Nearly five months after James Franco was accused of sexual misconduct by five of his former female acting students, his close friend and co-star Seth Rogen is speaking out. In a new interview with Vulture, Rogen is breaking his silence on the Franco allegations. But, he isn't saying much when perhaps he should be.
When asked about the allegations that Franco sexually exploited his students by pressuring them to participate in nude scenes, removing the plastic guards covering actresses' vaginas during simulated oral sex, and pressuring one woman to perform a sex act in her car, Rogen said he wasn't the person who should be commenting. "The truth is that my perspective on this is the least relevant perspective," he said. "I’m friends with these people and I’m a dude. All that combined makes me the last person who should be talking about this."
Rogen said the allegations won't change his willingness to work with Franco in the future and that he isn't the person to speak on behalf of the #MeToo movement. "There are so many people with real things to contribute to the #MeToo discussion that anything I say is not going to add anything useful," he said.
It's not surprising that Rogen wouldn't feel comfortable weighing in on the allegations against Franco, who he's known since he was a teenager when they both starred on Freak and Geeks together. The two have appeared alongside one another in films like Pineapple Express, The Interview, and most recently, The Disaster Artist. But, the reasons Rogen gives for not commenting — being Franco's friend, being a dude — are exactly why he should be.
Women want to hear from men on this topic, especially those men who are friends with alleged offenders, to understand the other side of this issue. In fact, women need to hear what it is that men think about sexual misconduct in the workplace so that things will change for the better, not just for women, but for everyone. Harassment and assault are systemic problems that can only be remedied when everyone gets involved, even when it's uncomfortable. Sometimes that means listening, while other times that means speaking up.
Especially when Rogen makes the point that with his recent work — starring in Neighbors 2 and producing Blockers, directed by Kay Cannon — he's trying to push progressive stories. Even saying he is looking to do more with his films by way of representing women and minorities.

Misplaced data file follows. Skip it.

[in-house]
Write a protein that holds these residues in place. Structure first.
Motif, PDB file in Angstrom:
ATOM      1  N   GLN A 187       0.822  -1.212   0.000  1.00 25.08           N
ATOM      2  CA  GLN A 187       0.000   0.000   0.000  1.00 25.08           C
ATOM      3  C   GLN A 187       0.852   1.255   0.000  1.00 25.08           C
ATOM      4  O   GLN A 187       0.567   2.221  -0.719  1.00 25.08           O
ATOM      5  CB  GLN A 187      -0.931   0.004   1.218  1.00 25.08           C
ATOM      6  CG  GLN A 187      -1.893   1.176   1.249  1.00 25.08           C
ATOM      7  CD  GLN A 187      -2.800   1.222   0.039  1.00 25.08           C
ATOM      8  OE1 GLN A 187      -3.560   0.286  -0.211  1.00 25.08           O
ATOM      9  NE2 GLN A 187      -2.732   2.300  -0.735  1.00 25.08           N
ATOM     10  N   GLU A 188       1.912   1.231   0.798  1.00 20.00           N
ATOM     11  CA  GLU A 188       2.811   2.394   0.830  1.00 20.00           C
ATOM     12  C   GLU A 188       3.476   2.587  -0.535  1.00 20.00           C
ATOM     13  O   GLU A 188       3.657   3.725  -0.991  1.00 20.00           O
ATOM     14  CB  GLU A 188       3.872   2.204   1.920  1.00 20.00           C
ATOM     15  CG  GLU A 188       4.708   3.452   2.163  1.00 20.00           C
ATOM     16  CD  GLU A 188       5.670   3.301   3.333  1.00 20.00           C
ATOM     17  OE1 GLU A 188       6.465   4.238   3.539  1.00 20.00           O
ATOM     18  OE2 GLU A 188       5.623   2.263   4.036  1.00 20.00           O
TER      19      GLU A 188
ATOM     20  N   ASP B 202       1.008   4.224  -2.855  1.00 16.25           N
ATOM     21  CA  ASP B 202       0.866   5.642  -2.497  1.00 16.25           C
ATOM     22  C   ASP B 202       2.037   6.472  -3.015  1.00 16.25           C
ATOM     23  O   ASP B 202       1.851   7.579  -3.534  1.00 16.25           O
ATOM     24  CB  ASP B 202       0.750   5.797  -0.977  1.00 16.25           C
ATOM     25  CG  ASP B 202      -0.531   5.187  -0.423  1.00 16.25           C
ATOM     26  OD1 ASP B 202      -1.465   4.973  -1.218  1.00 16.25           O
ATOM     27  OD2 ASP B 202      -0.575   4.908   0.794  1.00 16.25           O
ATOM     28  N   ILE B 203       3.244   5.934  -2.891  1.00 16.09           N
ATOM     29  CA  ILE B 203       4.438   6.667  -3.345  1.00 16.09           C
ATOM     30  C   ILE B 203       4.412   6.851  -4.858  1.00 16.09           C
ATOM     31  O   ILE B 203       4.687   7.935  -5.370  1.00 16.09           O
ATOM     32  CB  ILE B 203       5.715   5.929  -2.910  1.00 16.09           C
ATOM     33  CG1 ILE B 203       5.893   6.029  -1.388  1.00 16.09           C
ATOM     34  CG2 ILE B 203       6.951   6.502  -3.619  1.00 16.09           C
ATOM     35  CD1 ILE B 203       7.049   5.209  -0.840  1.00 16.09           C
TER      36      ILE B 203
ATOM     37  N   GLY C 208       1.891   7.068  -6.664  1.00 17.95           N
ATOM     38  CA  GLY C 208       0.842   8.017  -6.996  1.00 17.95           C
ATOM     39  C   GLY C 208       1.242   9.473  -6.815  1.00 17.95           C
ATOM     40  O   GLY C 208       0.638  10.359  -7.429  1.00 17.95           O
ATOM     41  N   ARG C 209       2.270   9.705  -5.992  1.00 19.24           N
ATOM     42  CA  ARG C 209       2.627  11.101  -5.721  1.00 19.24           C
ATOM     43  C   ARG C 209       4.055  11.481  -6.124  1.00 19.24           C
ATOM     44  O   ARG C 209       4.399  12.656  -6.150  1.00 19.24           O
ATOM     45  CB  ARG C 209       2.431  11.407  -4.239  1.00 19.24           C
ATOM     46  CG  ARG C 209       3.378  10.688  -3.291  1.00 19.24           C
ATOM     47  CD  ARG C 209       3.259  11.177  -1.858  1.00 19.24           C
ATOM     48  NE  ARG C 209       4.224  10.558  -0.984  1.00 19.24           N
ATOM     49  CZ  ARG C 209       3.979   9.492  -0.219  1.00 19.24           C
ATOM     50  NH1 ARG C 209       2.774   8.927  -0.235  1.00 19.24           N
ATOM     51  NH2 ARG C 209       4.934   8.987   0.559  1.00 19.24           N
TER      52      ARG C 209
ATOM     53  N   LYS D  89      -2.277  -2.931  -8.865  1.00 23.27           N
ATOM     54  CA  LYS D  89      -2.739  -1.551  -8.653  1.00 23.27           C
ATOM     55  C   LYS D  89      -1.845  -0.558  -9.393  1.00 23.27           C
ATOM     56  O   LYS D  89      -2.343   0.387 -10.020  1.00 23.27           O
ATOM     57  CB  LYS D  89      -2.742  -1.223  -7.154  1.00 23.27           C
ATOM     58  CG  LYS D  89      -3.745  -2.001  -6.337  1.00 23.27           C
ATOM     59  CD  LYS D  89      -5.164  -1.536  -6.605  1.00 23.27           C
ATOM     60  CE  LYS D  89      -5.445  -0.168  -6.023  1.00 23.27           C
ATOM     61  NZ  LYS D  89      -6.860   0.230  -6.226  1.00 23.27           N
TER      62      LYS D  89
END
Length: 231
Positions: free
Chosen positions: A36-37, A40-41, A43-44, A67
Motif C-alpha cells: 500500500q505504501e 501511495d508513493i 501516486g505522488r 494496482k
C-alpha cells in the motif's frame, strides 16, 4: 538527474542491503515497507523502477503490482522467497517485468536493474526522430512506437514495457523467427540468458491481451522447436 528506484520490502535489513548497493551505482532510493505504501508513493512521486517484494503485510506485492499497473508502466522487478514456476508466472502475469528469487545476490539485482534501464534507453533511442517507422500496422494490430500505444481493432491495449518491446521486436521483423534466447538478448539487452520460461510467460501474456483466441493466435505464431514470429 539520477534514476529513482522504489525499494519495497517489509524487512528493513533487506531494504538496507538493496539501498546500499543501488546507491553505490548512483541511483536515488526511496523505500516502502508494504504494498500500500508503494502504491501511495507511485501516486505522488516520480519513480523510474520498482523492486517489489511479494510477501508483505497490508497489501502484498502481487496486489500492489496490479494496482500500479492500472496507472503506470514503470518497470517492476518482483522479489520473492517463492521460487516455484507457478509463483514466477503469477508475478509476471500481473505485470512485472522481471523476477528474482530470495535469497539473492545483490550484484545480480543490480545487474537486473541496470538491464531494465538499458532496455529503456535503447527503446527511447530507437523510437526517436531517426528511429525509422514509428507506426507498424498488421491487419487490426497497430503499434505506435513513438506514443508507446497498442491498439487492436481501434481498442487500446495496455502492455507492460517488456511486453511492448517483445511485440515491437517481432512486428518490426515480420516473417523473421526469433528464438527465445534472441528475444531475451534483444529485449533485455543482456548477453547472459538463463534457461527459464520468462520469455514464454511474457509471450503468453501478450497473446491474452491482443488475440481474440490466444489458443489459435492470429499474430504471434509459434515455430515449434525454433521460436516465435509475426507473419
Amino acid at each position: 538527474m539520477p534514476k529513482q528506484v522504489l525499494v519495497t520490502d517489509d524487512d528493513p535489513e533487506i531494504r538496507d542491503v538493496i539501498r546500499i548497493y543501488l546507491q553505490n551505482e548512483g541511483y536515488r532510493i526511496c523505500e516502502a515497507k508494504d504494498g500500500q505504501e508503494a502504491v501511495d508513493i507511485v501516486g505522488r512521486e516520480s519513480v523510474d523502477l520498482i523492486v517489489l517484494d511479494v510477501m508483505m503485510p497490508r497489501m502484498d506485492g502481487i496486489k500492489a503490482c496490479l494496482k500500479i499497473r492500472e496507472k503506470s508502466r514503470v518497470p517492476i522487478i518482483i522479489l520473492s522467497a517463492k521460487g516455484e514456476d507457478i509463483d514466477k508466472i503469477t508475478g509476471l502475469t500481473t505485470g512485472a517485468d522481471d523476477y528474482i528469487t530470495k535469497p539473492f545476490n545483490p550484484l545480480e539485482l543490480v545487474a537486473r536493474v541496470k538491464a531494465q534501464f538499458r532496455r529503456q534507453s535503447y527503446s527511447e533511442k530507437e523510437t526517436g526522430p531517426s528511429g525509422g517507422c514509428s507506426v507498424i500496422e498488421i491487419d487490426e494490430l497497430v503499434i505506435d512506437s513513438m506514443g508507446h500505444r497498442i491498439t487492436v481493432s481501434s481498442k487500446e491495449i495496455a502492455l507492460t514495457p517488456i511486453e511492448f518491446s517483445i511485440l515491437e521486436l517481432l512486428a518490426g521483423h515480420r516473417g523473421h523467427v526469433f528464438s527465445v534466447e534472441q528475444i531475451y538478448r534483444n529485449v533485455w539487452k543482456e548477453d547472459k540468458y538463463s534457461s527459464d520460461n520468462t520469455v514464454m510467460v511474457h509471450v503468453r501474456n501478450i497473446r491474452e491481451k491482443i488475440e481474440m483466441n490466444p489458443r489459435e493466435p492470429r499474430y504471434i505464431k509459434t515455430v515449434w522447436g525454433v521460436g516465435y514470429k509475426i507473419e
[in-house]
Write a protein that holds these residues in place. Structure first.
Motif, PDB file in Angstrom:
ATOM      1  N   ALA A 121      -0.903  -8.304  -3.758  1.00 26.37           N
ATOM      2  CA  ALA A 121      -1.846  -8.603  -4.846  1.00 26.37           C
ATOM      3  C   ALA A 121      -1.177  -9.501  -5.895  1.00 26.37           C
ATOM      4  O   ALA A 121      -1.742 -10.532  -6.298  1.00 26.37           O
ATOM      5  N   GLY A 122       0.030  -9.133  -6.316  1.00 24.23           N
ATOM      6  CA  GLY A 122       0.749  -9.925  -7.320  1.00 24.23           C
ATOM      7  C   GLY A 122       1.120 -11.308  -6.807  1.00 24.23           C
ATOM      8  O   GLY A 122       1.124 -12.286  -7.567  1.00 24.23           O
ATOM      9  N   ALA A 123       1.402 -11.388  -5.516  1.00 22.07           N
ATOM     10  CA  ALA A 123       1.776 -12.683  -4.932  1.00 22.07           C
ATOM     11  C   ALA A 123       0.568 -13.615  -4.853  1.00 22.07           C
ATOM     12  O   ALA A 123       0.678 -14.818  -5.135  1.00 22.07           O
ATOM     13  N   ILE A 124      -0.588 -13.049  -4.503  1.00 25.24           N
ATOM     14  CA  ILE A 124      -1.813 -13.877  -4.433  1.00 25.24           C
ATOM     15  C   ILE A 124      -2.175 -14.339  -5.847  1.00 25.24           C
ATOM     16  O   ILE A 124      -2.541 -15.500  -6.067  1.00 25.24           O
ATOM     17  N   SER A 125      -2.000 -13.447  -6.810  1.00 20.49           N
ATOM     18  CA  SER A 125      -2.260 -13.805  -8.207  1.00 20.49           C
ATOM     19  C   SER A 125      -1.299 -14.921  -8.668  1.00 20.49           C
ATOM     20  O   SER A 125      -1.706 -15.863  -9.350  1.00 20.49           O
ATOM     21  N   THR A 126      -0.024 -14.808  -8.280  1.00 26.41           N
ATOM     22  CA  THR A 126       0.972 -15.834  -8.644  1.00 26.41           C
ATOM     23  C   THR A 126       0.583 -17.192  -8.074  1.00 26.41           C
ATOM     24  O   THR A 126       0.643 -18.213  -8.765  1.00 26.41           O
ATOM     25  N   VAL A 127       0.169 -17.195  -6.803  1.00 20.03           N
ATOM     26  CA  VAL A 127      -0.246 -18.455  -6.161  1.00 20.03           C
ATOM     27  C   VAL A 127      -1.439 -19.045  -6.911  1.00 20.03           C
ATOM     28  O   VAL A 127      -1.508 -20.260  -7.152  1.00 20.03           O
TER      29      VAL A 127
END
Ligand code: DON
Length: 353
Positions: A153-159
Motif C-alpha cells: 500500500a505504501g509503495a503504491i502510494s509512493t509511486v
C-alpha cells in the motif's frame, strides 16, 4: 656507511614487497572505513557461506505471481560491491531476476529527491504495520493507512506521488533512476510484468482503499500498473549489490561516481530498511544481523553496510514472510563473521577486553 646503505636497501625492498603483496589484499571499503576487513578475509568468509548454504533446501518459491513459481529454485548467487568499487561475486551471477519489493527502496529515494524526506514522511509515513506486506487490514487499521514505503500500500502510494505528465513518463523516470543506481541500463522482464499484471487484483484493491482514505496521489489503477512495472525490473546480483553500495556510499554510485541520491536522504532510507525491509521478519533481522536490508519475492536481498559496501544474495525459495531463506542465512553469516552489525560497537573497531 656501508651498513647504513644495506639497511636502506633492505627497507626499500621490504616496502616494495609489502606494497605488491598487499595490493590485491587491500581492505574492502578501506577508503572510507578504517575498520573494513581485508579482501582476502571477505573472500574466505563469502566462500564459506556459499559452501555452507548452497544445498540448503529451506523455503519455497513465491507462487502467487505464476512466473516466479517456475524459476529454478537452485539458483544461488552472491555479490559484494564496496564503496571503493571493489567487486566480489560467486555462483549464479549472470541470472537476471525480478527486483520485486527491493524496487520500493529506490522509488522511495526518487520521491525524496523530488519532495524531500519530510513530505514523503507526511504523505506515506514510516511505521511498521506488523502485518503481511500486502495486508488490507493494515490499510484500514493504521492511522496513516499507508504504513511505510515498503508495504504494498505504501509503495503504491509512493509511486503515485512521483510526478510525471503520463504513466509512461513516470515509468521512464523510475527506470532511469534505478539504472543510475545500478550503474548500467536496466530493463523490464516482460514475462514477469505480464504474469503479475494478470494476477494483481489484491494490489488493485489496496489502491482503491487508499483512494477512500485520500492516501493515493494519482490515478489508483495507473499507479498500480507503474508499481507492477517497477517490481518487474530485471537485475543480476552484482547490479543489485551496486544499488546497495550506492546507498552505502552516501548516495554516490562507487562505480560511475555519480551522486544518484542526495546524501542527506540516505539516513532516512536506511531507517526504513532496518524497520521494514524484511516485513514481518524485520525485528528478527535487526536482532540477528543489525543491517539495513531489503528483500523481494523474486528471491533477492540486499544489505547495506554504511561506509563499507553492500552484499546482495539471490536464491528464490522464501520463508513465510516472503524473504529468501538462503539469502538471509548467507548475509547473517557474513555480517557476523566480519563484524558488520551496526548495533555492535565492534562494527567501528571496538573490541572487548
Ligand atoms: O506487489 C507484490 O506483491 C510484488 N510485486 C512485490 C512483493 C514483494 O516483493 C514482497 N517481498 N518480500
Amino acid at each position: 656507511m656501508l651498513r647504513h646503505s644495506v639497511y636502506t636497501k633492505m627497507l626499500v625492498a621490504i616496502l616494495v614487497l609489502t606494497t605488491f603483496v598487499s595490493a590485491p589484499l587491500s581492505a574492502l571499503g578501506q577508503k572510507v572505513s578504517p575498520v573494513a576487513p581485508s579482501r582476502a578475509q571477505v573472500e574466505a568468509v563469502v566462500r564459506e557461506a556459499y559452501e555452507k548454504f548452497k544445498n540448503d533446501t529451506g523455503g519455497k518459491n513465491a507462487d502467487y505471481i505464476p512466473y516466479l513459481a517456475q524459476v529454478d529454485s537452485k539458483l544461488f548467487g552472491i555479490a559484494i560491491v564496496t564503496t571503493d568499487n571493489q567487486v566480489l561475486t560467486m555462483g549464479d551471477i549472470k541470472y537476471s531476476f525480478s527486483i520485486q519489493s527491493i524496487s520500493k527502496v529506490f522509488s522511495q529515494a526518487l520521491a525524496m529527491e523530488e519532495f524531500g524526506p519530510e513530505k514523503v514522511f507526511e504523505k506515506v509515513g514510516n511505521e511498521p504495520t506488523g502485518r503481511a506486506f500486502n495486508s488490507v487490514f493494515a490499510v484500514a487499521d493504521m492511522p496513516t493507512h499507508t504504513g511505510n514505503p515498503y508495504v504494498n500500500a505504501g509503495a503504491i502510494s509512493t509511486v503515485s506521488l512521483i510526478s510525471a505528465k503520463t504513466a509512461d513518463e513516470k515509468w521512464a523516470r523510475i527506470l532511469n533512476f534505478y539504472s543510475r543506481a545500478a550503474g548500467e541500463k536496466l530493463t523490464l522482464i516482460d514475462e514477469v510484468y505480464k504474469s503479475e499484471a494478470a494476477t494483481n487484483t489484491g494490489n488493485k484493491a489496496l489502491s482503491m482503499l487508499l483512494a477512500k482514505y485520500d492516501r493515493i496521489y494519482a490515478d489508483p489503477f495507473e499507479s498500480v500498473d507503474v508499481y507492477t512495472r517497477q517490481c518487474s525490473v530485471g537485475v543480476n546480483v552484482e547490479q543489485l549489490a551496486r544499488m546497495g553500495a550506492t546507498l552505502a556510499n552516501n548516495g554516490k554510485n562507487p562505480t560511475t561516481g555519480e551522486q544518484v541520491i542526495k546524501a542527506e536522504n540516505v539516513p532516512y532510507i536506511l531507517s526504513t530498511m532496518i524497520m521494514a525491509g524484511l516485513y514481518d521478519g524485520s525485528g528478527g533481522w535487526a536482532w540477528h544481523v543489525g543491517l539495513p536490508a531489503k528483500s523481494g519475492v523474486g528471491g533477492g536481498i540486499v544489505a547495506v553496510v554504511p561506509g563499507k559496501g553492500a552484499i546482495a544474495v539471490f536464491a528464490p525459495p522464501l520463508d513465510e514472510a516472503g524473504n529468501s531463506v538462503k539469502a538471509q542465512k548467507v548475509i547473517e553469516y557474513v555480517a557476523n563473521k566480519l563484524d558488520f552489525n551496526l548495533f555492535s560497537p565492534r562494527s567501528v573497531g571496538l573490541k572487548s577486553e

"We’re hyperaware of trying to be as representative as possible in the directors and writers and actors we work with. I’m sure we could definitely be doing more to be ahead of the curve in that way," he told Vulture. "But, again, I couldn’t be more aware that my perspective is not one people are clamoring for." Maybe no one's clamoring for it, but people are definitely interested in hearing what Rogen has to say on this issues whether he believes it or not.
Rogen isn't the only one close to Franco who's been asked about the allegations. Franco's sister-in-law Alison Brie was asked to comment on the SAG Awards red carpet earlier this year, and she did, giving a very diplomatic answer.
"I think above all what we've always said is that it remains vital that anyone who feels victimized should and does have the right to speak out and come forward," she said. "I obviously support my family and not everything that's been reported is fully accurate so I think we're waiting to get all the information. But of course now is a time for listening, and that's what we're all trying to do."
Franco first denied the allegations through his lawyer, and later responded directly to them during an appearance on The Late Show With Stephen Colbert. Franco said that the allegations were "not accurate, but I completely support people coming out...because they didn’t have a voice for so long. I don’t want to shut them down in anyway. It's, I think, a good thing and I support it."
If you have experienced sexual violence and are in need of crisis support, please call the RAINN Sexual Assault Hotline at 1-800-656-HOPE (4673).
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